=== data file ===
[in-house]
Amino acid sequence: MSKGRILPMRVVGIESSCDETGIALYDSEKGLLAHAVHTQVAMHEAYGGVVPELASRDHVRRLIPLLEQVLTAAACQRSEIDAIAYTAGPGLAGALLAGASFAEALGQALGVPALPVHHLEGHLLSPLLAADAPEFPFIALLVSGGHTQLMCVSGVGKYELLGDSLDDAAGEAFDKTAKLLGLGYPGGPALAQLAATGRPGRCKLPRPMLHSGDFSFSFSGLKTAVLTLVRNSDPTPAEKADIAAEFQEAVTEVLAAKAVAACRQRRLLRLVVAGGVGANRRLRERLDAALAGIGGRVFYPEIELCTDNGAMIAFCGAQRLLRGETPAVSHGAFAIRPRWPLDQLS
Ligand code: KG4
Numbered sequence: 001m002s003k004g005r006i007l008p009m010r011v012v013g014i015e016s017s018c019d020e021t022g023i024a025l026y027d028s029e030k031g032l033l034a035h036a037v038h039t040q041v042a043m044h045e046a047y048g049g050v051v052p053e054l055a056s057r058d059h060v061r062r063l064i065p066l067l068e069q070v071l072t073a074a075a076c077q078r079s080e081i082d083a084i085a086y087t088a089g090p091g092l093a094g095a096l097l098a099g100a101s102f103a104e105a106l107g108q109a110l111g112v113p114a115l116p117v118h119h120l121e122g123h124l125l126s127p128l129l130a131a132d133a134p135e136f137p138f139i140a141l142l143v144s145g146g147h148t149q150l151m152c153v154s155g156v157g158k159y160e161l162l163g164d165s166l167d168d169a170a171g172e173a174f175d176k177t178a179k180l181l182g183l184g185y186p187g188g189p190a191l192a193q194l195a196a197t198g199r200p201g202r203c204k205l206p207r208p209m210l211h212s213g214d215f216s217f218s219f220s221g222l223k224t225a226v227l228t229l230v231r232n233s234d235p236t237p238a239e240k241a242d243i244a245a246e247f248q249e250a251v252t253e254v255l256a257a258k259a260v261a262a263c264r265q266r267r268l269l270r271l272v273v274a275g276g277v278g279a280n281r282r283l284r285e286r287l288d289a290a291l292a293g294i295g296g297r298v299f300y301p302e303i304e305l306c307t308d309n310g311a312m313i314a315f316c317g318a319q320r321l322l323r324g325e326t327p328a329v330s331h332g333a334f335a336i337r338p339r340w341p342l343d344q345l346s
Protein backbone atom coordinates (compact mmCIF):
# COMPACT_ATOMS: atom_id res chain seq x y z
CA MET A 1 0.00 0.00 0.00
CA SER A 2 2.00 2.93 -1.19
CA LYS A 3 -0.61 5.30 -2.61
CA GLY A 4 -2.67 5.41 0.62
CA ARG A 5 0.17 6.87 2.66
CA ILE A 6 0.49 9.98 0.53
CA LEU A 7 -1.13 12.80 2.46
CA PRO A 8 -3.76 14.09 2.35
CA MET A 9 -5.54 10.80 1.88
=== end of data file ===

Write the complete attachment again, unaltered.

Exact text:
[in-house]
Amino acid sequence: MSKGRILPMRVVGIESSCDETGIALYDSEKGLLAHAVHTQVAMHEAYGGVVPELASRDHVRRLIPLLEQVLTAAACQRSEIDAIAYTAGPGLAGALLAGASFAEALGQALGVPALPVHHLEGHLLSPLLAADAPEFPFIALLVSGGHTQLMCVSGVGKYELLGDSLDDAAGEAFDKTAKLLGLGYPGGPALAQLAATGRPGRCKLPRPMLHSGDFSFSFSGLKTAVLTLVRNSDPTPAEKADIAAEFQEAVTEVLAAKAVAACRQRRLLRLVVAGGVGANRRLRERLDAALAGIGGRVFYPEIELCTDNGAMIAFCGAQRLLRGETPAVSHGAFAIRPRWPLDQLS
Ligand code: KG4
Numbered sequence: 001m002s003k004g005r006i007l008p009m010r011v012v013g014i015e016s017s018c019d020e021t022g023i024a025l026y027d028s029e030k031g032l033l034a035h036a037v038h039t040q041v042a043m044h045e046a047y048g049g050v051v052p053e054l055a056s057r058d059h060v061r062r063l064i065p066l067l068e069q070v071l072t073a074a075a076c077q078r079s080e081i082d083a084i085a086y087t088a089g090p091g092l093a094g095a096l097l098a099g100a101s102f103a104e105a106l107g108q109a110l111g112v113p114a115l116p117v118h119h120l121e122g123h124l125l126s127p128l129l130a131a132d133a134p135e136f137p138f139i140a141l142l143v144s145g146g147h148t149q150l151m152c153v154s155g156v157g158k159y160e161l162l163g164d165s166l167d168d169a170a171g172e173a174f175d176k177t178a179k180l181l182g183l184g185y186p187g188g189p190a191l192a193q194l195a196a197t198g199r200p201g202r203c204k205l206p207r208p209m210l211h212s213g214d215f216s217f218s219f220s221g222l223k224t225a226v227l228t229l230v231r232n233s234d235p236t237p238a239e240k241a242d243i244a245a246e247f248q249e250a251v252t253e254v255l256a257a258k259a260v261a262a263c264r265q266r267r268l269l270r271l272v273v274a275g276g277v278g279a280n281r282r283l284r285e286r287l288d289a290a291l292a293g294i295g296g297r298v299f300y301p302e303i304e305l306c307t308d309n310g311a312m313i314a315f316c317g318a319q320r321l322l323r324g325e326t327p328a329v330s331h332g333a334f335a336i337r338p339r340w341p342l343d344q345l346s
Protein backbone atom coordinates (compact mmCIF):
# COMPACT_ATOMS: atom_id res chain seq x y z
CA MET A 1 0.00 0.00 0.00
CA SER A 2 2.00 2.93 -1.19
CA LYS A 3 -0.61 5.30 -2.61
CA GLY A 4 -2.67 5.41 0.62
CA ARG A 5 0.17 6.87 2.66
CA ILE A 6 0.49 9.98 0.53
CA LEU A 7 -1.13 12.80 2.46
CA PRO A 8 -3.76 14.09 2.35
CA MET A 9 -5.54 10.80 1.88